"The contents of the record were selected for NASA by a committee chaired by Carl Sagan of Cornell University, et. al. Dr. Sagan and his associates assembled 115 images and a variety of natural sounds, such as those made by surf, wind and thunder, birds, whales, and other animals. To this they added musical selections from different cultures and eras, and spoken greetings from Earth-people in fifty-five languages, and printed messages from President Carter and U.N. Secretary General Waldheim. Each record is encased in a protective aluminum jacket, together with a cartridge and a needle. Instructions, in symbolic language, explain the origin of the spacecraft and indicate how the record is to be played. The 115 images are encoded in analog form. The remainder of the record is in audio, designed to be played at 16-2/3 revolutions per minute. It contains the spoken greetings, beginning with Akkadian, which was spoken in Sumer about six thousand years ago, and ending with Wu, a modern Chinese dialect. Following the section on the sounds of Earth, there is an eclectic 90-minute selection of music, including both Eastern and Western classics and a variety of ethnic music. Once the Voyager spacecraft leave the solar system (by 1990, both will be beyond the orbit of Pluto), they will find themselves in empty space. It will be forty thousand years before they make a close approach to any other planetary system. As Carl Sagan has noted, "The spacecraft will be encountered and the record played only if there are advanced spacefaring civilizations in interstellar space. But the launching of this bottle into the cosmic ocean says something very hopeful about life on this planet."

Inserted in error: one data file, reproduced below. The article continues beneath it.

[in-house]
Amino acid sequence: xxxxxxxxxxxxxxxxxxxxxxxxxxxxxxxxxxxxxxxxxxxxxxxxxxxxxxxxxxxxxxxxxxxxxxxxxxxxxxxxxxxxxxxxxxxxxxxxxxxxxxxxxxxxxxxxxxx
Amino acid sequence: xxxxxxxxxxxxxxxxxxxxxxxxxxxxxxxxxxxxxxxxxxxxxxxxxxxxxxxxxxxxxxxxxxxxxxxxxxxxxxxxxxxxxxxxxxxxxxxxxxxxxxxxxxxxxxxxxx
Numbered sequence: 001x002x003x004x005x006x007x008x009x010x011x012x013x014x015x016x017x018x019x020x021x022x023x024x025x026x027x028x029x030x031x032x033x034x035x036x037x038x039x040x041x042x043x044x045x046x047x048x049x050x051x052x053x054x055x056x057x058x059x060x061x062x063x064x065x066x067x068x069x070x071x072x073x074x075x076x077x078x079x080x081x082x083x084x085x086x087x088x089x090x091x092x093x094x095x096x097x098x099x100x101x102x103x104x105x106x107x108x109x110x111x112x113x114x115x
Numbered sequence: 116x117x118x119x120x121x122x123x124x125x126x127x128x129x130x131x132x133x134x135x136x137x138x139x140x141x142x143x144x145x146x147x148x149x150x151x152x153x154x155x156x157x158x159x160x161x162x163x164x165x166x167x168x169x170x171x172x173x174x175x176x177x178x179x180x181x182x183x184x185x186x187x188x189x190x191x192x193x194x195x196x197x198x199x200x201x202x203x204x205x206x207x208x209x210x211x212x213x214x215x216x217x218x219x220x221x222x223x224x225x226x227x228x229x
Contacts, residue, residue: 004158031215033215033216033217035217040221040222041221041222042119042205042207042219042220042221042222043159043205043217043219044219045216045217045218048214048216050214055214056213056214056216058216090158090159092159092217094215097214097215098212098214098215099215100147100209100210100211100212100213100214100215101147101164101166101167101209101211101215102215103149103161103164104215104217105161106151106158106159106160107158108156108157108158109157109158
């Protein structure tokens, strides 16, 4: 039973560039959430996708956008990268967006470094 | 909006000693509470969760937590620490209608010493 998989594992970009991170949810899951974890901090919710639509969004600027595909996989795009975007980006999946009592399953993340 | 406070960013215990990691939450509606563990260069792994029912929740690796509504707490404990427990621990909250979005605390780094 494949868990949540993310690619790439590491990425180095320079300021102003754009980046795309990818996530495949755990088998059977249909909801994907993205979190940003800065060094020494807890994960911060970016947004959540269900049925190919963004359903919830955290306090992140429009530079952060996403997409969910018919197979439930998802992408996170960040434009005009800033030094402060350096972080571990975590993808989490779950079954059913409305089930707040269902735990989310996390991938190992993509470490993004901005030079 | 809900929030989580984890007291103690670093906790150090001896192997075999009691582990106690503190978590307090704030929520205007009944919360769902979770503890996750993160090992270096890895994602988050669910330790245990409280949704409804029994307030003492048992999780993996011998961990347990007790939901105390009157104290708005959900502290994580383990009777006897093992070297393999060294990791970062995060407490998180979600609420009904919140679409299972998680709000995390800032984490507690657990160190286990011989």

-Quoted from : Voyager The Interstellar Mission, The Golden Record page (

Although it is unlikely that any civilization except our own will pick up the Voyager spacecraft (if it's going to take 40,000 years to reach the next star system, I'd like to think we'd have some kind of star drive well before then), the attempt at communication with an alien civilization made by these craft was still a worthwhile one. Given the number of stars in the galaxy, and our recent discovery that planet formation, and even Earth-like planet formation is relatively common, building a system of cross-alien-species communication is going to be an important part of our future.

Who knows? Maybe one day there will be a Rosetta Stone software program for Kepler-62 aliens.


  1. Good post. Misunderstandings can cause arguments, fights, wars. How can we communicate with alien species if we can't or refuse to learn how to communicate with others on our own planet?

    1. Maybe the equation will change if aliens arrive here first. We might be motivated to communicate if they have their ray cannons pointed our way. Sad but true. If it's the other way around I'm a bit pessimistic about the outcome.